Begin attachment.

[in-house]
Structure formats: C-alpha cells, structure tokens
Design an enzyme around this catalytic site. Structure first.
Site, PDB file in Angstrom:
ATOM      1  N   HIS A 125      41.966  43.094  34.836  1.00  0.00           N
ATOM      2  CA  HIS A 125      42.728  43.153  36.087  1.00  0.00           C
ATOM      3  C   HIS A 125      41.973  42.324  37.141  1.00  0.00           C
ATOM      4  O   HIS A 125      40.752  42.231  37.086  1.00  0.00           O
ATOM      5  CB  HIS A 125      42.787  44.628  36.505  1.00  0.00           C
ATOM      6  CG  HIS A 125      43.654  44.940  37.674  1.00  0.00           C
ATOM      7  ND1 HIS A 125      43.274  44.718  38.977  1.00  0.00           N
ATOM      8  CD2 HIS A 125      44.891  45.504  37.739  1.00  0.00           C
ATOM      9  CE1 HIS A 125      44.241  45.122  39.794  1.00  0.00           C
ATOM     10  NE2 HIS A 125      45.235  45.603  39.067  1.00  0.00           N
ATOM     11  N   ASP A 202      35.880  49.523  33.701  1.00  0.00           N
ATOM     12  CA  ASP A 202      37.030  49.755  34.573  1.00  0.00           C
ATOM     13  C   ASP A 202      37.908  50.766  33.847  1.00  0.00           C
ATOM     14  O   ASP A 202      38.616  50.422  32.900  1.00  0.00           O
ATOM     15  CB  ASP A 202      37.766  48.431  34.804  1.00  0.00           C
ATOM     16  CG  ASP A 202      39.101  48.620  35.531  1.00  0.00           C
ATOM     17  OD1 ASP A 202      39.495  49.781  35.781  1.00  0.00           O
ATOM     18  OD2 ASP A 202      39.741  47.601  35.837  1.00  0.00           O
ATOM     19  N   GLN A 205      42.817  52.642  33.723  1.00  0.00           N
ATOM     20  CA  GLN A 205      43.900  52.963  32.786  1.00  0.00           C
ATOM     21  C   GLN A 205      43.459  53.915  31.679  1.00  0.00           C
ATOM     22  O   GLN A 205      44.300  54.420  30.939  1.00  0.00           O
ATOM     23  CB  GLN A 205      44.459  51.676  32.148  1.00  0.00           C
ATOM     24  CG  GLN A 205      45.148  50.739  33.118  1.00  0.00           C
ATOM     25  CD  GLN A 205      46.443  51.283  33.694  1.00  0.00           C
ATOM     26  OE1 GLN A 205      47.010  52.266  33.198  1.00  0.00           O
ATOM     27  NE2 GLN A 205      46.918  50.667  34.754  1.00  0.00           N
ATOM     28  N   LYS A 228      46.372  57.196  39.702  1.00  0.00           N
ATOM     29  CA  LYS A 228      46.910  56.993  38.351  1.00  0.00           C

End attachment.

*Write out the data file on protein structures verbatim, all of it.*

[in-house]
Structure formats: C-alpha cells, structure tokens
Design an enzyme around this catalytic site. Structure first.
Site, PDB file in Angstrom:
ATOM      1  N   HIS A 125      41.966  43.094  34.836  1.00  0.00           N
ATOM      2  CA  HIS A 125      42.728  43.153  36.087  1.00  0.00           C
ATOM      3  C   HIS A 125      41.973  42.324  37.141  1.00  0.00           C
ATOM      4  O   HIS A 125      40.752  42.231  37.086  1.00  0.00           O
ATOM      5  CB  HIS A 125      42.787  44.628  36.505  1.00  0.00           C
ATOM      6  CG  HIS A 125      43.654  44.940  37.674  1.00  0.00           C
ATOM      7  ND1 HIS A 125      43.274  44.718  38.977  1.00  0.00           N
ATOM      8  CD2 HIS A 125      44.891  45.504  37.739  1.00  0.00           C
ATOM      9  CE1 HIS A 125      44.241  45.122  39.794  1.00  0.00           C
ATOM     10  NE2 HIS A 125      45.235  45.603  39.067  1.00  0.00           N
ATOM     11  N   ASP A 202      35.880  49.523  33.701  1.00  0.00           N
ATOM     12  CA  ASP A 202      37.030  49.755  34.573  1.00  0.00           C
ATOM     13  C   ASP A 202      37.908  50.766  33.847  1.00  0.00           C
ATOM     14  O   ASP A 202      38.616  50.422  32.900  1.00  0.00           O
ATOM     15  CB  ASP A 202      37.766  48.431  34.804  1.00  0.00           C
ATOM     16  CG  ASP A 202      39.101  48.620  35.531  1.00  0.00           C
ATOM     17  OD1 ASP A 202      39.495  49.781  35.781  1.00  0.00           O
ATOM     18  OD2 ASP A 202      39.741  47.601  35.837  1.00  0.00           O
ATOM     19  N   GLN A 205      42.817  52.642  33.723  1.00  0.00           N
ATOM     20  CA  GLN A 205      43.900  52.963  32.786  1.00  0.00           C
ATOM     21  C   GLN A 205      43.459  53.915  31.679  1.00  0.00           C
ATOM     22  O   GLN A 205      44.300  54.420  30.939  1.00  0.00           O
ATOM     23  CB  GLN A 205      44.459  51.676  32.148  1.00  0.00           C
ATOM     24  CG  GLN A 205      45.148  50.739  33.118  1.00  0.00           C
ATOM     25  CD  GLN A 205      46.443  51.283  33.694  1.00  0.00           C
ATOM     26  OE1 GLN A 205      47.010  52.266  33.198  1.00  0.00           O
ATOM     27  NE2 GLN A 205      46.918  50.667  34.754  1.00  0.00           N
ATOM     28  N   LYS A 228      46.372  57.196  39.702  1.00  0.00           N
ATOM     29  CA  LYS A 228      46.910  56.993  38.351  1.00  0.00           C